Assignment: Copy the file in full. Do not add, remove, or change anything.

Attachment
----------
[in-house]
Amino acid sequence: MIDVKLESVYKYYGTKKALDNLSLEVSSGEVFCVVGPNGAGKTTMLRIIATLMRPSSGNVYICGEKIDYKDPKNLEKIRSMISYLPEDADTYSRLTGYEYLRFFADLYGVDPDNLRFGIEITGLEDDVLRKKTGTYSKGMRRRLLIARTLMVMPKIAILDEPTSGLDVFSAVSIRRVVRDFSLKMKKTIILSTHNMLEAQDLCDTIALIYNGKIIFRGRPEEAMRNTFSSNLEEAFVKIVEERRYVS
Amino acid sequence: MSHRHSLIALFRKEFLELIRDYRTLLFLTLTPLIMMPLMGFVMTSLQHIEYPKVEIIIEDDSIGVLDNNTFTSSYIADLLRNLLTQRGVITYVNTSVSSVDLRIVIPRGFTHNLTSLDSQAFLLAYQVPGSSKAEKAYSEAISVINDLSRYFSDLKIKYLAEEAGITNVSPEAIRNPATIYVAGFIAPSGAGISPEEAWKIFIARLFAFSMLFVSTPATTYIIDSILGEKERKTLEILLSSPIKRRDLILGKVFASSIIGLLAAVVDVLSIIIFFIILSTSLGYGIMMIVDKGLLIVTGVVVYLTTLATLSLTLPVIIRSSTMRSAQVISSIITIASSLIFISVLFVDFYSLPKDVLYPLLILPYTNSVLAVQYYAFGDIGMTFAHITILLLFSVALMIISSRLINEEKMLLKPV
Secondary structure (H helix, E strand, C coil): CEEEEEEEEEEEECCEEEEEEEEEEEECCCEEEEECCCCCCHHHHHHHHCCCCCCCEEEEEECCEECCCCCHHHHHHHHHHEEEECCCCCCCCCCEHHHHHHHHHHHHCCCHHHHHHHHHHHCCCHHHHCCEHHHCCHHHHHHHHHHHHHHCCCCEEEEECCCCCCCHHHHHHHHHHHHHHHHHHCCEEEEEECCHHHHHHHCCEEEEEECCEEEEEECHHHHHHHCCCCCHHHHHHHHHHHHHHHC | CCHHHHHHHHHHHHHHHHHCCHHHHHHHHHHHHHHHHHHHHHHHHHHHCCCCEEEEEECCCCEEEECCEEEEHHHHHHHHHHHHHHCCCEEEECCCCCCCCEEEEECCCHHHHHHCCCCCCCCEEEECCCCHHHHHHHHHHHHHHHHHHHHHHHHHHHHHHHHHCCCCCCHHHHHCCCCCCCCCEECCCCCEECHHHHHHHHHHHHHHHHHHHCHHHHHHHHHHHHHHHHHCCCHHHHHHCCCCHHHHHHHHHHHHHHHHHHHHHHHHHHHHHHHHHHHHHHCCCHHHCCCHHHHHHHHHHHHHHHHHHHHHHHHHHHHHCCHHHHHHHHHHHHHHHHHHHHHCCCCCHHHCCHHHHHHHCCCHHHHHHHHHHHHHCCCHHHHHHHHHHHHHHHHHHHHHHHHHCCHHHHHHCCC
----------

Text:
[in-house]
Amino acid sequence: MIDVKLESVYKYYGTKKALDNLSLEVSSGEVFCVVGPNGAGKTTMLRIIATLMRPSSGNVYICGEKIDYKDPKNLEKIRSMISYLPEDADTYSRLTGYEYLRFFADLYGVDPDNLRFGIEITGLEDDVLRKKTGTYSKGMRRRLLIARTLMVMPKIAILDEPTSGLDVFSAVSIRRVVRDFSLKMKKTIILSTHNMLEAQDLCDTIALIYNGKIIFRGRPEEAMRNTFSSNLEEAFVKIVEERRYVS
Amino acid sequence: MSHRHSLIALFRKEFLELIRDYRTLLFLTLTPLIMMPLMGFVMTSLQHIEYPKVEIIIEDDSIGVLDNNTFTSSYIADLLRNLLTQRGVITYVNTSVSSVDLRIVIPRGFTHNLTSLDSQAFLLAYQVPGSSKAEKAYSEAISVINDLSRYFSDLKIKYLAEEAGITNVSPEAIRNPATIYVAGFIAPSGAGISPEEAWKIFIARLFAFSMLFVSTPATTYIIDSILGEKERKTLEILLSSPIKRRDLILGKVFASSIIGLLAAVVDVLSIIIFFIILSTSLGYGIMMIVDKGLLIVTGVVVYLTTLATLSLTLPVIIRSSTMRSAQVISSIITIASSLIFISVLFVDFYSLPKDVLYPLLILPYTNSVLAVQYYAFGDIGMTFAHITILLLFSVALMIISSRLINEEKMLLKPV
Secondary structure (H helix, E strand, C coil): CEEEEEEEEEEEECCEEEEEEEEEEEECCCEEEEECCCCCCHHHHHHHHCCCCCCCEEEEEECCEECCCCCHHHHHHHHHHEEEECCCCCCCCCCEHHHHHHHHHHHHCCCHHHHHHHHHHHCCCHHHHCCEHHHCCHHHHHHHHHHHHHHCCCCEEEEECCCCCCCHHHHHHHHHHHHHHHHHHCCEEEEEECCHHHHHHHCCEEEEEECCEEEEEECHHHHHHHCCCCCHHHHHHHHHHHHHHHC | CCHHHHHHHHHHHHHHHHHCCHHHHHHHHHHHHHHHHHHHHHHHHHHHCCCCEEEEEECCCCEEEECCEEEEHHHHHHHHHHHHHHCCCEEEECCCCCCCCEEEEECCCHHHHHHCCCCCCCCEEEECCCCHHHHHHHHHHHHHHHHHHHHHHHHHHHHHHHHHCCCCCCHHHHHCCCCCCCCCEECCCCCEECHHHHHHHHHHHHHHHHHHHCHHHHHHHHHHHHHHHHHCCCHHHHHHCCCCHHHHHHHHHHHHHHHHHHHHHHHHHHHHHHHHHHHHHHCCCHHHCCCHHHHHHHHHHHHHHHHHHHHHHHHHHHHHCCHHHHHHHHHHHHHHHHHHHHHCCCCCHHHCCHHHHHHHCCCHHHHHHHHHHHHHCCCHHHHHHHHHHHHHHHHHHHHHHHHHCCHHHHHHCCC